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Proteases & Other Enzymes


The Introduction of Protease

Proteases & Other Enzymes

Protease is a general term for a class of enzymes that hydrolyze protein peptide bonds. According to the manner in which the polypeptide is hydrolyzed, it can be divided into two types, an endopeptidase and an exopeptidase. The endopeptidase cleaves the inside of the protein molecule to form a small molecular peptide. The exopeptidase hydrolyzes the peptide bond one by one from the terminal of the free amino group or carboxyl group of the protein molecule, and the amino acid is released, the former being an aminopeptidase and the latter being a carboxypeptidase. Protease can be further divided into serine protease, thiol protease, metallo proteinase and aspartic protease according to its active center. According to the optimum pH value of the reaction, it is divided into acid protease, neutral protease and alkaline protease. Protease is used in industrial production, mainly endopeptidase. Proteases are widely found in animal viscera, plant stems, leaves, fruits and microorganisms. Microbial proteases are mainly produced by molds and bacteria, followed by yeasts and actinomycetes. Proteases have many types, and important ones are pepsin, trypsin, cathepsin, papain, and subtilisin. Protease has strict selectivity for the reaction substrate to be applied. Proteases can only act on certain peptide bonds in the protein molecules, such as peptide bonds formed by trypsin catalyzed hydrolysis of basic amino acids. Protease is a widely distributed protein, and is especially abundant in the digestive tract of humans and animals. Due to the limited resources of animals and plants, the industrial production of protease preparations is mainly prepared by fermentation of microorganisms such as Bacillus subtilis and Aspergillus oryzae.

Other Enzymes

An enzyme is a protein or RNA produced by living cells that is highly specific and highly catalytically potent to its substrate. Enzymes are a very important class of biocatalysts. According to the nature of the reaction catalyzed by the enzyme, the enzyme is divided into six categories. Oxidoreductase is an enzyme that promotes the redox reaction of the substrate. It is a kind of enzyme that catalyzes the redox reaction and can be divided into two types, oxidase and reductase. Transferases are enzymes that catalyze the transfer or exchange of certain groups (such as acetyl, methyl, amino, phosphate, etc.) between substrates, including methyltransferase, aminotransferase, acetyltransferase, kinase and polymerase, and so on. Hydrolases enzymes catalyze the hydrolysis of substrates, such as amylase, protease, lipase, phosphatase, glycosidase, and the like. Lyases remove a group from the substrate (non-hydrolyzed) and leave a double bond or its reverse reaction, including dehydratase, decarboxylase, carbonic anhydrase, aldolase, citrate synthase, and the like. Many lyases catalyze a reverse reaction that creates a new chemical bond between the two substrates and eliminates the double bond of a substrate, and synthase belongs to this class. Isomerase converts its substrates between various isomers, geometrical isomers, or optical isomers. Ligase catalyzes the synthesis of a two-molecular substrate into a single molecule of compound, coupled with an ATP-linked phosphate-cleaving enzyme, such as glutamine synthetase, DNA ligase, biotin-dependent carboxylase, and the like. According to the principle of uniform classification of enzymes published by the International Biochemical Association, on the basis of the above six categories, and each of the main types of enzymes, as well as the characteristics of the groups or bonds acting on the substrate, it is divided into several sub-categories. Precisely indicating the nature of the substrate or reactant, each subclass is subdivided into several groups (sub-subclasses); each group contains several enzymes directly. Due to the character of the enzyme, the chemical reaction in the living body can be carried out efficiently and specifically under extremely mild conditions.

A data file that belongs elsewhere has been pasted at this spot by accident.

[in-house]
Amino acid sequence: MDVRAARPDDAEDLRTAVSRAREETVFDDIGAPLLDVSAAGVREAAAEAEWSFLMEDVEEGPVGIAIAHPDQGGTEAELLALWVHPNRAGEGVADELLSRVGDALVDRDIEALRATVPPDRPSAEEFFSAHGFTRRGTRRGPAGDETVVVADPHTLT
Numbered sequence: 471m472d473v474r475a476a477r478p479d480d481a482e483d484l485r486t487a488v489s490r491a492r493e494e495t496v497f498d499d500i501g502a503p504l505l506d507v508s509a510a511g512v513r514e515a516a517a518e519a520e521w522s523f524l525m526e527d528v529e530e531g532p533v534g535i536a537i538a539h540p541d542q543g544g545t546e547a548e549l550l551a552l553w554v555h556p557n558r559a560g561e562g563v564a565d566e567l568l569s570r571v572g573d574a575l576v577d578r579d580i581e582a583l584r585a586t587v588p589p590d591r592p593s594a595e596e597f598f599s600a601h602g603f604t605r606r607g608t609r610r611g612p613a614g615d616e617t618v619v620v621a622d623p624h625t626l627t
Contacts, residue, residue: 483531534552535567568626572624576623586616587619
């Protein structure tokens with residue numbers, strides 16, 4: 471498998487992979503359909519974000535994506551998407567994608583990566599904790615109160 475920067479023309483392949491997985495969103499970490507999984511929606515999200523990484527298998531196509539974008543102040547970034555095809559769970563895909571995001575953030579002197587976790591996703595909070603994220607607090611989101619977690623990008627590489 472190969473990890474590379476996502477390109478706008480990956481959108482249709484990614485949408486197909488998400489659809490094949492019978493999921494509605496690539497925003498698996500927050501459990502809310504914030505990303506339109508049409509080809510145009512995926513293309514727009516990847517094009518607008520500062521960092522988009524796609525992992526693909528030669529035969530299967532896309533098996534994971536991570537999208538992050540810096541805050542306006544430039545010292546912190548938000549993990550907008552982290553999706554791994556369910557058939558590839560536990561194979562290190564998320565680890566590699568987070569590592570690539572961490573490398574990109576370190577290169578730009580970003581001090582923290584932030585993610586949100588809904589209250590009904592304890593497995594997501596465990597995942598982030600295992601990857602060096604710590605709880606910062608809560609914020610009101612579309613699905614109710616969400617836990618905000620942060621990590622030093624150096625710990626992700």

References:

  1. Alnemri E S, Livingston D J, Nicholson D W, et al. Human ICE/CED-3 Protease Nomenclature. Cell. 1996, 87(2):171.
  2. Martin S J, Green D R. Protease activation during apoptosis: death by a thousand cuts. Cell. 1995, 82(3):349-52.
  3. Cardone M H, Roy N, Stennicke H R, et al. Regulation of cell death protease caspase-9 by phosphorylation. Science. 1998, 282(5392):1318.

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